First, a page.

Sochi Olympics: Weekend Bombings Raise Safety Concerns
MOSCOW -- At least 33 people died in two explosions in Volgograd, South Russia, on Sunday and Monday. The proximity to North Caucasus and the Black Sea resort of Sochi, where the 2014 Winter Olympics will be held in six weeks, has raised concerns over safety issues at the global sports event, which is expected to attract the world's media and put the spotlight on Russia.
Within less than 20 hours, two bombings took place in Volgograd. On Sunday, a suicide bomb attack occurred at the city's main train station, killing 18 and injuring over 40 people. During the morning rush hour on Monday, a second bomb attack was carried out on a trolley bus moving from a residential neighborhood to the city center, killing 15, the Russian wire service Interfax reported.
Volgograd is roughly 434 miles (or 700 km) from Sochi.
The recent terrorist attacks in Volgograd come just over two months after another bombing in the city in which seven people were killed and 55 wounded when an explosive went off on a city bus on Oct. 21. At the time, some feared the attack could have been terrorists' "test shot" as they plot more attacks for the Winter Olympics.
The October explosion was carried out by 30-year old Naida Asiyalova, a native of the North Caucasian republic of Dagestan and so-called "black widow" -- a wife of a slain Islamist terrorist.
According to early reports, the train station attack may have been carried out by another black widow, 26-year old Oksana Aslanova. Later, Interfax quoted security sources as saying they also suspect a Slavic man could have brought in the explosives by backpack.
Russia's Investigative Committee said in a statement on its website that the two recent terrorist attacks in Volgograd are likely to be connected, although various versions of events are being considered. Earlier, there were reports about possible connections between the October bus bombing and the train station attack.
The Russian media have linked the recent Volgograd terrorist attacks to the upcoming Olympics.
"The biggest danger is that the [Islamist] fighters are apparently trying to turn attention away from the situation in Sochi," wrote a commentator for Yezhednevny Zhurnal. "They want to show security services that more resources will have to be allocated to ensure safety not only at the Olympic venues, but also outside that region, as terrorists could strike elsewhere, as well."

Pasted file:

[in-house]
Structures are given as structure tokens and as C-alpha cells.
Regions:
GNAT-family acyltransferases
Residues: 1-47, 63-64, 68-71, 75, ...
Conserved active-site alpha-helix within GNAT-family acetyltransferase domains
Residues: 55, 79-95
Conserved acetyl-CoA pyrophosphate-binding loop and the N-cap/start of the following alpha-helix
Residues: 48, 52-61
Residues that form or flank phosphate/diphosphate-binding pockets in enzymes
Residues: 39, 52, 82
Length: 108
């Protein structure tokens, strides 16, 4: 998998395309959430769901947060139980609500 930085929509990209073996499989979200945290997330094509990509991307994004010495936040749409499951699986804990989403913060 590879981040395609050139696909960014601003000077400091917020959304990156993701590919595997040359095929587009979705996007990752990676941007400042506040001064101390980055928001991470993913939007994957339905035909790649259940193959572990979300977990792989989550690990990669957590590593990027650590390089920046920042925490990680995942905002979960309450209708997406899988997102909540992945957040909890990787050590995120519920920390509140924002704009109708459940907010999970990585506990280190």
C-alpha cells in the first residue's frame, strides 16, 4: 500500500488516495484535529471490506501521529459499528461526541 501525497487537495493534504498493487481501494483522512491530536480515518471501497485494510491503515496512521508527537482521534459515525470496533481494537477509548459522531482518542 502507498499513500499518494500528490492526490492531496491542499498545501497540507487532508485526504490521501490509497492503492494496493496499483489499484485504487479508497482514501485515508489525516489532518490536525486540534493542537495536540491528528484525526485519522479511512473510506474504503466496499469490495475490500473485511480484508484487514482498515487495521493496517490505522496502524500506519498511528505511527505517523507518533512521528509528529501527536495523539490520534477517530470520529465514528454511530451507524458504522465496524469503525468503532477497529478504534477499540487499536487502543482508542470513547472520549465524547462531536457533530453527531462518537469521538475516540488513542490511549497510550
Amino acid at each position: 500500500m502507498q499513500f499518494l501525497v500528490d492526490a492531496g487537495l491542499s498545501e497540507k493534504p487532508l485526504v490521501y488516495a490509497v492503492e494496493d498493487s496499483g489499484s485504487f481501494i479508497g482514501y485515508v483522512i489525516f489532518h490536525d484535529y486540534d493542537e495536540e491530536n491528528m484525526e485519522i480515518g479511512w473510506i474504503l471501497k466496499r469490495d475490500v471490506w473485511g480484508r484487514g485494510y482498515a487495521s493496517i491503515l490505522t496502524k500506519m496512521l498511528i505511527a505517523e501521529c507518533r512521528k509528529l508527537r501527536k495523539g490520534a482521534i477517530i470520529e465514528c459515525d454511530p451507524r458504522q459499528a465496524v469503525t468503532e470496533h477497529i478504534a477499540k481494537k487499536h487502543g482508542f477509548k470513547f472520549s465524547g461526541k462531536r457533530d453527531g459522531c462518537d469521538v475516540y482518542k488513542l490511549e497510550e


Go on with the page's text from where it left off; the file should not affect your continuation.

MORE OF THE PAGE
The International Olympics Committee expressed its condolences over Sunday's bombing in Volgograd but said it was confident of Russia's ability to protect the Games.
IOC president Thomas Bach told the Associated Press that he has full confidence that Russian authorities will pull off a "safe and secure" games.
Bach tells the AP he is "certain that everything will be done to ensure the security of the athletes and all the participants of the Olympic Games."
Russian Olympic Committee chief Alexander Zhukov said Monday there was no need to take any extra steps to secure Sochi in the wake of the Volgograd bombings, as "everything necessary already has been done."
Russian authorities have introduced some of the most extensive identity checks and sweeping security measures ever seen at an international sports event.
The security zone created around Sochi stretches approximately 100 kilometers (60 miles) along the Black Sea coast and up to 40 kilometers (25 miles) inland.
Russian forces include special troops to patrol the forested mountains flanking the resort, drones to keep constant watch over Olympic facilities and speed boats to patrol the coast.
Anyone wanting to attend the games that open on Feb. 7 will have to buy a ticket online from the organizers and obtain a "spectator pass" for access. Doing so will require providing passport details and contacts that will allow the authorities to screen all visitors. The security plan includes a ban on cars from outside the zone a month before the games begin.